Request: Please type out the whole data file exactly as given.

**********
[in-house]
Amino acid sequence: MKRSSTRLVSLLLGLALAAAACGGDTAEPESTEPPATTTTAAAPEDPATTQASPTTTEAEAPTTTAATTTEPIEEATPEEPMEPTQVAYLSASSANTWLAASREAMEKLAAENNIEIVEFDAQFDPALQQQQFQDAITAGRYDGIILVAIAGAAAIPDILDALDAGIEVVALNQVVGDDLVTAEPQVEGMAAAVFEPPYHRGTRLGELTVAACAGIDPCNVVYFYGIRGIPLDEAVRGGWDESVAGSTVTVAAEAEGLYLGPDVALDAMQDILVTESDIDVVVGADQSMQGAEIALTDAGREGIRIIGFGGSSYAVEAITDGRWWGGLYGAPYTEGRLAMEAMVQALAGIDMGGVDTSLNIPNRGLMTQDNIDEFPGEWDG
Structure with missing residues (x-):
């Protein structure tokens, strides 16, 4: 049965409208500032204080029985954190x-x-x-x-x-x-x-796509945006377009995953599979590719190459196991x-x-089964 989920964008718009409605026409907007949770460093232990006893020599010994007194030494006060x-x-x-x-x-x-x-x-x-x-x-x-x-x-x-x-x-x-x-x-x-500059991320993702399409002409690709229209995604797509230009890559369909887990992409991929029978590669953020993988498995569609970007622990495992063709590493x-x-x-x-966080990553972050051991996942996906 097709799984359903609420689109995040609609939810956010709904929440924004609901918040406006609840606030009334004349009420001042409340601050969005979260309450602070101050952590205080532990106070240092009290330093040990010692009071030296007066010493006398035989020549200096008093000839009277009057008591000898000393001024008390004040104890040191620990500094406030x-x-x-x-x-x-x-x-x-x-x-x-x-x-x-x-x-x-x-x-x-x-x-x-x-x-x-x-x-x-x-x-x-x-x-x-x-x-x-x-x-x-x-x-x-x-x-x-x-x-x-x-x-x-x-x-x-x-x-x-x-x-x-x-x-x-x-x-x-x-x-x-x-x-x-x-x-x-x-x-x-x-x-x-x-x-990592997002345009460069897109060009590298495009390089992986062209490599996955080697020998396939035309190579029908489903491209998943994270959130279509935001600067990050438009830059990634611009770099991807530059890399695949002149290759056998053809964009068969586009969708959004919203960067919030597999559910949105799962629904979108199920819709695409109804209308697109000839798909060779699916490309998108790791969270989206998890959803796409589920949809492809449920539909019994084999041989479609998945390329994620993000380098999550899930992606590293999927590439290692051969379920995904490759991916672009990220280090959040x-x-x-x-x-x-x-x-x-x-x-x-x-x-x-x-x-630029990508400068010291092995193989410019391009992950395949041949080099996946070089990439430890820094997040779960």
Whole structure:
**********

[in-house]
Amino acid sequence: MKRSSTRLVSLLLGLALAAAACGGDTAEPESTEPPATTTTAAAPEDPATTQASPTTTEAEAPTTTAATTTEPIEEATPEEPMEPTQVAYLSASSANTWLAASREAMEKLAAENNIEIVEFDAQFDPALQQQQFQDAITAGRYDGIILVAIAGAAAIPDILDALDAGIEVVALNQVVGDDLVTAEPQVEGMAAAVFEPPYHRGTRLGELTVAACAGIDPCNVVYFYGIRGIPLDEAVRGGWDESVAGSTVTVAAEAEGLYLGPDVALDAMQDILVTESDIDVVVGADQSMQGAEIALTDAGREGIRIIGFGGSSYAVEAITDGRWWGGLYGAPYTEGRLAMEAMVQALAGIDMGGVDTSLNIPNRGLMTQDNIDEFPGEWDG
Structure with missing residues (x-):
């Protein structure tokens, strides 16, 4: 049965409208500032204080029985954190x-x-x-x-x-x-x-796509945006377009995953599979590719190459196991x-x-089964 989920964008718009409605026409907007949770460093232990006893020599010994007194030494006060x-x-x-x-x-x-x-x-x-x-x-x-x-x-x-x-x-x-x-x-x-500059991320993702399409002409690709229209995604797509230009890559369909887990992409991929029978590669953020993988498995569609970007622990495992063709590493x-x-x-x-966080990553972050051991996942996906 097709799984359903609420689109995040609609939810956010709904929440924004609901918040406006609840606030009334004349009420001042409340601050969005979260309450602070101050952590205080532990106070240092009290330093040990010692009071030296007066010493006398035989020549200096008093000839009277009057008591000898000393001024008390004040104890040191620990500094406030x-x-x-x-x-x-x-x-x-x-x-x-x-x-x-x-x-x-x-x-x-x-x-x-x-x-x-x-x-x-x-x-x-x-x-x-x-x-x-x-x-x-x-x-x-x-x-x-x-x-x-x-x-x-x-x-x-x-x-x-x-x-x-x-x-x-x-x-x-x-x-x-x-x-x-x-x-x-x-x-x-x-x-x-x-x-990592997002345009460069897109060009590298495009390089992986062209490599996955080697020998396939035309190579029908489903491209998943994270959130279509935001600067990050438009830059990634611009770099991807530059890399695949002149290759056998053809964009068969586009969708959004919203960067919030597999559910949105799962629904979108199920819709695409109804209308697109000839798909060779699916490309998108790791969270989206998890959803796409589920949809492809449920539909019994084999041989479609998945390329994620993000380098999550899930992606590293999927590439290692051969379920995904490759991916672009990220280090959040x-x-x-x-x-x-x-x-x-x-x-x-x-x-x-x-x-630029990508400068010291092995193989410019391009992950395949041949080099996946070089990439430890820094997040779960």
Whole structure: